04/17/2008 03:34 pm ET | Updated Nov 17, 2011

Who Wants To Be a Celebrity Millionaire?

I'm always fascinated when "Parade" magazine publishes its annual "what people earn" report, and this week's issue was very interesting. Business magazines, sports newsletters and others run these lists; but "Parade" combines celebrities with usual and unusual occupations, and the range is mind-boggling.

The message boils down to "celebrities earn soooooooooooooooooo much money." A few do, of course, like most professions. But, parents, don't let your children grow up to be celebrities, despite what magazines say your kids can earn.

Let me get the numbers out of the way.

Miley Cyrus, age 15, is on the cover, as "singer/actress" with annual earnings of $18.2 million. She shares the cover with a hospital clown (45-year-old man, $28,000), deputy sheriff (age 31, $35,000), farmer (50, $30,000), Air Force fire chief (34, $70,000), psychic (55, $38,000) and, alas, Spanish teacher (age 38, $38,000 per year). Of course, you'd want your child to earn infinitely more than a hospital clown; but it's not that easy.

There's no shortage of professions in our country with a range of salaries. Others on the "Parade" cover were a billiards player ($650,000), car sales manager ($205,000), bounty hunter ($74,000), hedge-fund manager ($3.5 billion), airline baggage agent ($24,000) and tow-truck driver ($42,000).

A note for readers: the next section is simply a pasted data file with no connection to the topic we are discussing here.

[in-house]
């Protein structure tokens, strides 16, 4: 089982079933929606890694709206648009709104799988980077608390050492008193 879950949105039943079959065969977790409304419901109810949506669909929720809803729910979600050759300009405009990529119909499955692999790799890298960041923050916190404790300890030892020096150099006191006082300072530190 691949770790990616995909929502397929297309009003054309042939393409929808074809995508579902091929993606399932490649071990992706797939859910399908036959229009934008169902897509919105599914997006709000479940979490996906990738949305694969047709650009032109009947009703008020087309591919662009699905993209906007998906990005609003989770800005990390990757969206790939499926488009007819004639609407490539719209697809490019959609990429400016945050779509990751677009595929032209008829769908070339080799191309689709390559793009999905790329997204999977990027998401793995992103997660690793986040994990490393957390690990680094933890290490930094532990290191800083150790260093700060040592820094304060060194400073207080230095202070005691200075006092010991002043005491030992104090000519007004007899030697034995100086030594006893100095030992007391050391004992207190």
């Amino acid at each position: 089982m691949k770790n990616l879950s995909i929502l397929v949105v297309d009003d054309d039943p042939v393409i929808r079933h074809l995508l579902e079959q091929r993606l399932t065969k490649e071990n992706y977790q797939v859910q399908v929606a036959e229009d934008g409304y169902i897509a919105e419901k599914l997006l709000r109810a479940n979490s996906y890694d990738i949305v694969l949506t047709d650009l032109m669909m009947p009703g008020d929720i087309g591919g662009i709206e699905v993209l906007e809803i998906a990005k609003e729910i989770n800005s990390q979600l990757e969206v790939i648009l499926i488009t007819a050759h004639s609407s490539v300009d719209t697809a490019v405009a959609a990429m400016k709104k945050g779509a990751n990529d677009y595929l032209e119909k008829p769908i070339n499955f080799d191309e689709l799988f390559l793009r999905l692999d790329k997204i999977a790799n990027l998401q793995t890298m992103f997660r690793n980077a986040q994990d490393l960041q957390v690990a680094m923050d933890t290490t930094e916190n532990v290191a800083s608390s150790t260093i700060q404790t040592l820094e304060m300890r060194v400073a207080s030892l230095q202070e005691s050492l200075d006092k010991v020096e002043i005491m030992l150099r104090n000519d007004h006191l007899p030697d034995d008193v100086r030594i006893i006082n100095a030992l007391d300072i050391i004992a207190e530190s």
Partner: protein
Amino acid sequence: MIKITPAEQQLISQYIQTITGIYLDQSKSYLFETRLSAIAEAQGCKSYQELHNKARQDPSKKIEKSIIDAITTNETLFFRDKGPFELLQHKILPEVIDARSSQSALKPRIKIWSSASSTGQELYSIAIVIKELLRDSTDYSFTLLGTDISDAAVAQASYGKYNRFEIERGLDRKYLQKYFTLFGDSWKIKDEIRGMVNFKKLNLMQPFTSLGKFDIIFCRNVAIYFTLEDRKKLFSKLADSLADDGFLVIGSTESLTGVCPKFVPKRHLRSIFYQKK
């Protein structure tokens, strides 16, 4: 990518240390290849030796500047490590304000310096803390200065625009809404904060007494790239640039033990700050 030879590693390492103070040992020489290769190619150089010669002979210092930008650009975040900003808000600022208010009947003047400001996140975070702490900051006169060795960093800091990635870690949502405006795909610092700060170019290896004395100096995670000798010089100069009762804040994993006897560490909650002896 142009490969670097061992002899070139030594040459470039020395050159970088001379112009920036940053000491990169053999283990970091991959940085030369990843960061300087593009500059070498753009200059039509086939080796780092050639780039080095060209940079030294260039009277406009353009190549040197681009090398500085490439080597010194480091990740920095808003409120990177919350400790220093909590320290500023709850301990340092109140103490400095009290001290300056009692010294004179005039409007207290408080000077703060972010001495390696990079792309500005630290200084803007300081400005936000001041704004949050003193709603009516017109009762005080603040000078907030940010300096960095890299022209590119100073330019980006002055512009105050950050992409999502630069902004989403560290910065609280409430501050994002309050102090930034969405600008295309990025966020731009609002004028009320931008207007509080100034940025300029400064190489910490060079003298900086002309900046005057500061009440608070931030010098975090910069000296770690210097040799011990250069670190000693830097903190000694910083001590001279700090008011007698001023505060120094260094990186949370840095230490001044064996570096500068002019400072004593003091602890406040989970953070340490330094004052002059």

You don't have to tell me what money can buy. Stories of my family's finances sound right out of my husband's "Dynasty" or "Beverly Hills 90210" plots. (Don't believe everything you read....)

Please realize that careers that pay teenagers $18.2 million annually are not common or accessible, and they are the exception, not the rule. One of the real insights living in L.A. is seeing all the incredibly talented people who believe they are just one break or chance away from fame and fortune. There just aren't that many chances or breaks in a world of talented people.

I read a "Newsweek" story last year about celebrity and have been haunted by it ever since.

The story quoted a book, "Fame Junkies," by Jake Halperin. It reported that "43.4 percent of teenage girls said their No. 1 career goal was celebrity assistant - just being close enough to smell the red carpet has become its own reward," the magazine reported.

There just aren't that many jobs for celebrity assistants. And, most of them don't get that close to the red carpet. They are the same as any other assistants - making travel arrangements, bookkeeping, typing, doing Christmas card lists and other jobs we used to refer to as "secretarial." Very few become members of a celebrity "posse" or "entourage." Even the entourage on HBO's "Entourage" are a half-brother and two other friends from the old neighborhood.

We even have a television show that asks "Who Wants To Be a Millionaire." Who doesn't?

Just know that celebrity is a long-shot. It's never too early to manage expectations, both yours and those of your children.